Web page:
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Michigan Spiders Apologizes

It is the complete intentions of Michigan Spiders to be a source of good information that can be trusted, to help others learn about spiders with the belief that fear is trumped by knowledge. Recently, someone pointed out to me that I have done something that can be very counter productive to the latter.

You see, the one spider that is most feared in Michigan is the Brown Recluse. Even though the Brown Recluse is not indigenous to Michigan, and it is actually a rare case one is found, it is still the most feared spider.

The problem is, the recluse does not like to spread about like most spiders. A colony can start in a house (down south of course), and it can thrive for years and the house next door will likely never see one. When it establishes itself, it stays there. When eggs hatch, they stay in that vicinity. But they like to make their homes in boxes and things and when a family packs up and moves, they often take a few of the spiders with them. In most cases, the spiders they take with them are either male or a female that has not mated recently. So sometimes a rogue Brown Recluse is found in a state where they are not indigenous. On a very rare case, a female Recluse will be transported, lay eggs and a small colony will develop in a state where they are supposed to be.

Now keep in mind that even though a small colony might develop in a state where they dont belong, this does not mean they are becoming indigenous to that state. Remember, they are extremely reclusive and do not spread from their habitat unless something forces them to move. So instead of spreading through that state and becoming native to that state, they stay in the one building they are in and wait to be found and exterminated. If they establish a small colony in a tree or barn, and it is a cold weather state, they die during the winter.

Here in Michigan, most people believe they are indigenous to the state. When I tried to explain that they are not here, I had numerous debates, in comments and in emails, with people insisting they are here. Everyone seems to know someone who was bit by a recluse because their doctor diagnosed them with a Brown Recluse bite. Even though the spider was never seen, identified, or caught. Even though it is actually impossible for a doctor to identify a recluse bite by the wound alone. There are no tests that can positively identify a recluse bite. So when one Brown Recluse is discovered here in Michigan, there will be people who will use that as absolute proof that they do exist in Michigan. Imagine what it must mean then, when a small colony is discovered.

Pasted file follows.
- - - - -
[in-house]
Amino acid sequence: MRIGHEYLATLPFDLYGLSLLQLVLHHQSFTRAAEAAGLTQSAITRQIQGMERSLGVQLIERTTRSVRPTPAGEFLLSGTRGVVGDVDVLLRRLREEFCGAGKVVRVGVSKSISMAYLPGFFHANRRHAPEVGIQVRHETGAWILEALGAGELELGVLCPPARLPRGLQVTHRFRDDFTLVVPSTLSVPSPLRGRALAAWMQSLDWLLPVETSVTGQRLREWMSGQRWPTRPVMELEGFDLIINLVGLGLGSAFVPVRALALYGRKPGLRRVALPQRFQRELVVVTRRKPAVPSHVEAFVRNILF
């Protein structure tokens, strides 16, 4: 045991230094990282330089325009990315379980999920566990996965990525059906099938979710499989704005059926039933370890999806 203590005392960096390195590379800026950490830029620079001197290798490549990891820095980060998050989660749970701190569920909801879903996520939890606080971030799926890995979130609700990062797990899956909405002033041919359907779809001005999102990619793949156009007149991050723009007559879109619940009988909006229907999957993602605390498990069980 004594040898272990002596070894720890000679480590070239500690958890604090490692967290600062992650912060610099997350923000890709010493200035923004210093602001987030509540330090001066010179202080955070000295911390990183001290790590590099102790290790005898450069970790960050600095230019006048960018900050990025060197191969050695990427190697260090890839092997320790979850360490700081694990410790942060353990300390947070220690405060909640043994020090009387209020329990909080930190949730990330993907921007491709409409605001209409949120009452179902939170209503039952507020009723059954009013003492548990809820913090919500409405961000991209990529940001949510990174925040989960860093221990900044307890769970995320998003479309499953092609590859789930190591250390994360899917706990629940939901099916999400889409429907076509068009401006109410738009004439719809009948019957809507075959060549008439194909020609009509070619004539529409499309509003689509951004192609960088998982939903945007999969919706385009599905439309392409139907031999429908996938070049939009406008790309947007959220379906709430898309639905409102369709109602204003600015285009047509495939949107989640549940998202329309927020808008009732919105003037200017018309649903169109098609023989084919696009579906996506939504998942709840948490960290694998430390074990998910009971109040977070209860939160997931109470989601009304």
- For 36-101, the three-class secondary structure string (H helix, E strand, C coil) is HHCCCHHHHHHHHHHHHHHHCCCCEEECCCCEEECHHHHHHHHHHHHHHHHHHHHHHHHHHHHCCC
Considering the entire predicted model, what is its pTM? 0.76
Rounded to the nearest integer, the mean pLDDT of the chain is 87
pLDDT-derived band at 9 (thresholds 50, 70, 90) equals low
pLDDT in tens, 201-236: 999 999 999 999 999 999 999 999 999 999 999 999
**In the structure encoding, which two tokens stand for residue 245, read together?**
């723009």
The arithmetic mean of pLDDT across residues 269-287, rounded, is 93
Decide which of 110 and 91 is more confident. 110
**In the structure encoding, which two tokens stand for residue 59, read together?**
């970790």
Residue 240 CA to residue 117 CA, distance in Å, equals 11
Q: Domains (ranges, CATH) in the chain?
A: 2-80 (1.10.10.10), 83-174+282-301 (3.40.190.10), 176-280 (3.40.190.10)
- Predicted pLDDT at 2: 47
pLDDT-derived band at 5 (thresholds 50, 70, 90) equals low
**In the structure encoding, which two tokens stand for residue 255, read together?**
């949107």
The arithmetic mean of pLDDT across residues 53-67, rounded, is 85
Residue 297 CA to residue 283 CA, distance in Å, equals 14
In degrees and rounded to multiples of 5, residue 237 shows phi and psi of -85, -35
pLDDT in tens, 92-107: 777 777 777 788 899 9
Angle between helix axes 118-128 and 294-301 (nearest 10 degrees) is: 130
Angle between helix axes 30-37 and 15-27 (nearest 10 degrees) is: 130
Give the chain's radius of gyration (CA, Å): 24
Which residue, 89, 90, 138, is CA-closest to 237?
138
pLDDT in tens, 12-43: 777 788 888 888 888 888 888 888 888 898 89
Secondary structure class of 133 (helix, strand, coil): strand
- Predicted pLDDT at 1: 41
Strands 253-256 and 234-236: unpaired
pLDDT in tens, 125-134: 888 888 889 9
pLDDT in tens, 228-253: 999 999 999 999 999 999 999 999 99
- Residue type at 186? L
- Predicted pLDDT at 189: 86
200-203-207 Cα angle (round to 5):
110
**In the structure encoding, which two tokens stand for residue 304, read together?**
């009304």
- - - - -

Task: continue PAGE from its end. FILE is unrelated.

I will admit that something like this happened last year where a woman's house was found to have a small colony. Then less than a year later, a gentleman found a rogue recluse spider in his home. He gets a lot of packages from out of state and since he has not found any others, it is simple to figure out his spider was transported into the state. I was writing articles in Michigan Spiders about these sightings. Giving details on what cities they were discovered and such, thinking I was just writing an interesting news story about such an infamous spider being found here. What I did not consider was how these articles would be taken.

Some, maybe even most, would read these articles for what I meant them to be. An interesting story. However, whether I like it or not, too many would read these articles and their minds would wrap around one simple fact. The dreaded Brown Recluse is being found in Michigan! It wouldn't matter that these two cases are only two of the possibly five or six sightings ever actually identified here in Michigan, or that the reputation of the Brown Recluse makes the spider far more dangerous than it really is. Their minds would read those points, but their fears would push those facts aside and focus on the simple fact that the dreaded Brown Recluse was sighted in Michigan.

So articles meant to be news worthy and harmless, against my better intentions, would do just the opposite of what I want Michigan Spiders to be about. Those articles would cause fear and promote the myth of the Brown Recluse being in Michigan. Because this was pointed out to me, and by someone I have utmost respect for, I had to step back and consider whether it was good to have those articles on Michigan Spiders or not. In the end, I decided that it would make very little difference for people to know the spider was sighted in Michigan, but could be a launching pad for more fear and missinformation, so I have removed those articles from my site.

I apologize to those who were interested in the sightings, and to those who may have been effected by the sightings. Rest assured that if enough sightings happened within a span of time to make me believe there was even a chance that the Brown Recluse was becoming indigenous, I would be more for warning people than calming fears. But right now that is not the case. If you made it your mission to find a Brown Recluse in Michigan, the odds would be very high that you will die of old age and never see one. So because the odds of ever seeing one are so slim, I cannot in good faith, leave articles that will have the ability to cause fear and add to a myth for no good reason.